Growth-defense tradeoffs shape the genetic makeup of the population of an iconic forest species
Genetic diversity is essential for ecological resilience and is maintained when different traits are advantageous in different environments. Traits are not, however, entirely independent: when trade-offs occur, selection on one trait may act indirectly on another. Here, we examine how environment-mediated selection for growth interacts with a trade-off between growth and herbivore defense in experimental aspen stands. We show that even an environmentally fixed trait compromise can lead to real-time divergence in the genetic makeup of the population between environments. The underlying growth-defense trade-off led to an eco-evolutionary dynamic in which highly competitive environments were selected for fast-growing trees and therefore ultimately selected against herbivore resistance. This discovery reveals how patterns of genetic covariation, associated with environmental variation, can link ecological and evolutionary processes.
All organisms experience fundamental conflicts between divergent metabolic processes. In plants, a crucial conflict occurs between allocation to growth, which accelerates the acquisition of resources, and defense, which protects existing tissues against herbivory. Trade-offs between growth and defense traits are not universally observed, and a central prediction of evolutionary plant ecology is that context dependence of these compromises contributes to the maintenance of intraspecific variation in defense. [Züst and Agrawal, Annu. Rev. Plant Biol., 68, 513–534 (2017)]. However, this prediction has rarely been tested and the evolutionary consequences of growth-defense trade-offs in different environments are poorly understood, particularly in long-lived species. [Cipollini et al., Annual Plant Reviews (Wiley, 2014), pp. 263–307]. Here, we show that intraspecific trait compromises, even when fixed in divergent environments, interact with competition to lead to the natural selection of tree genotypes corresponding to their growth-defense phenotypes. Our results show that a compromise of functional traits, when associated with environmental variation, causes real-time divergence in the genetic architecture of tree populations in an experimental setting. Specifically, competitive selection for faster growth resulted in the dominance of fast growing tree genotypes that were poorly defended against natural enemies. This result is an emblematic example of eco-evolutionary dynamics: competitive interactions have affected micro-evolutionary trajectories on a time scale relevant for subsequent ecological interactions. [Brunner et al., Funct. Ecol. 33, 7–12 (2019)]. Eco-evolutionary drivers of tree growth and defense are therefore central to the variation in stand-level traits, which structures communities and ecosystems over vast spatiotemporal scales.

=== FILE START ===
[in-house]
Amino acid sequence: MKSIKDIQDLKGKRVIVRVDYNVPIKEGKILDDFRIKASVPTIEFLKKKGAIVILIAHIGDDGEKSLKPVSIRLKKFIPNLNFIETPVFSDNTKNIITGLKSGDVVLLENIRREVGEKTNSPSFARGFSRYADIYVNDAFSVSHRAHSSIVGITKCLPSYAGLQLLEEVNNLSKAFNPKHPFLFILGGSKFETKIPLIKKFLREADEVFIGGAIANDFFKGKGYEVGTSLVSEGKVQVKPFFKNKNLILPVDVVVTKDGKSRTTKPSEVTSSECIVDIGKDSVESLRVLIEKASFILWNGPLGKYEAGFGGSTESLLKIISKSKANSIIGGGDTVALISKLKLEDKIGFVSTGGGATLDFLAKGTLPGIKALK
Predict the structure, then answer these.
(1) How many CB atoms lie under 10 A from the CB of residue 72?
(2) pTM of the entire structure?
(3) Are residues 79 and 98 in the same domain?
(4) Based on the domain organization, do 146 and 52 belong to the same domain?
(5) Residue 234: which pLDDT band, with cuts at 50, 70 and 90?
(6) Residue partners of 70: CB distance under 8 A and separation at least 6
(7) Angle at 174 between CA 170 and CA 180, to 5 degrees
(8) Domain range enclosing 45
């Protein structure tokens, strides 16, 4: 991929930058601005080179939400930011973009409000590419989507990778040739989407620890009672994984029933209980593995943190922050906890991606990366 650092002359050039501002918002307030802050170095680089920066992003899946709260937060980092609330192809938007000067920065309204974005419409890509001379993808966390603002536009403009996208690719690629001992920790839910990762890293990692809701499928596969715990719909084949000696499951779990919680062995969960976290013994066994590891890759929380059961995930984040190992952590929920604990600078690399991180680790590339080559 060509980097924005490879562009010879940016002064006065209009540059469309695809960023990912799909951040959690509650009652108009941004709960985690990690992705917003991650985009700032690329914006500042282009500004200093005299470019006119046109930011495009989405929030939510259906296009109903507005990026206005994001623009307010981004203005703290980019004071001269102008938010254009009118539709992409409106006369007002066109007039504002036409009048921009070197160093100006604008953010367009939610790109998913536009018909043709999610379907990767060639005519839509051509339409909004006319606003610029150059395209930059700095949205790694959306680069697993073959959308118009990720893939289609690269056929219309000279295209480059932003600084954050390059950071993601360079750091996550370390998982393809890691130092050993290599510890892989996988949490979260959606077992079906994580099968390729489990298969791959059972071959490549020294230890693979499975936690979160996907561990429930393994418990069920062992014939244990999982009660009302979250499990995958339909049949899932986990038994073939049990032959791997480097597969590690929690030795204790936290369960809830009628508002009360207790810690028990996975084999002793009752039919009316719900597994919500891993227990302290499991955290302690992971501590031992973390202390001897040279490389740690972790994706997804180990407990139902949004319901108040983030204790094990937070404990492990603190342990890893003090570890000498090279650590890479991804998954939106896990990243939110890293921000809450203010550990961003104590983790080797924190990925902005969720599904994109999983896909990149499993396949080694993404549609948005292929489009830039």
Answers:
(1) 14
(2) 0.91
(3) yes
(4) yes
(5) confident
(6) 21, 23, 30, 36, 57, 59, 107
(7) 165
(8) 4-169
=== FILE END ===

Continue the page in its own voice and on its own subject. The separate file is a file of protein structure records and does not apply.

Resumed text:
Author contributions: research designed by KK-R., ELK and RLL; OLC, KK-R., ELK and RLL searched; Data analyzed by OLC; and OLC, KK-R., ELK and RLL wrote the article.
The authors declare no competing interests.
This article is a direct PNAS submission.
This article contains additional information online at https://www.pnas.org/lookup/suppl/doi:10.1073/pnas.2103162118/-/DCSupplemental.
The dataset associated with the current study is available in the Dryad data repository (DOI: 10.5061 / dryad.x95x69phb) (58).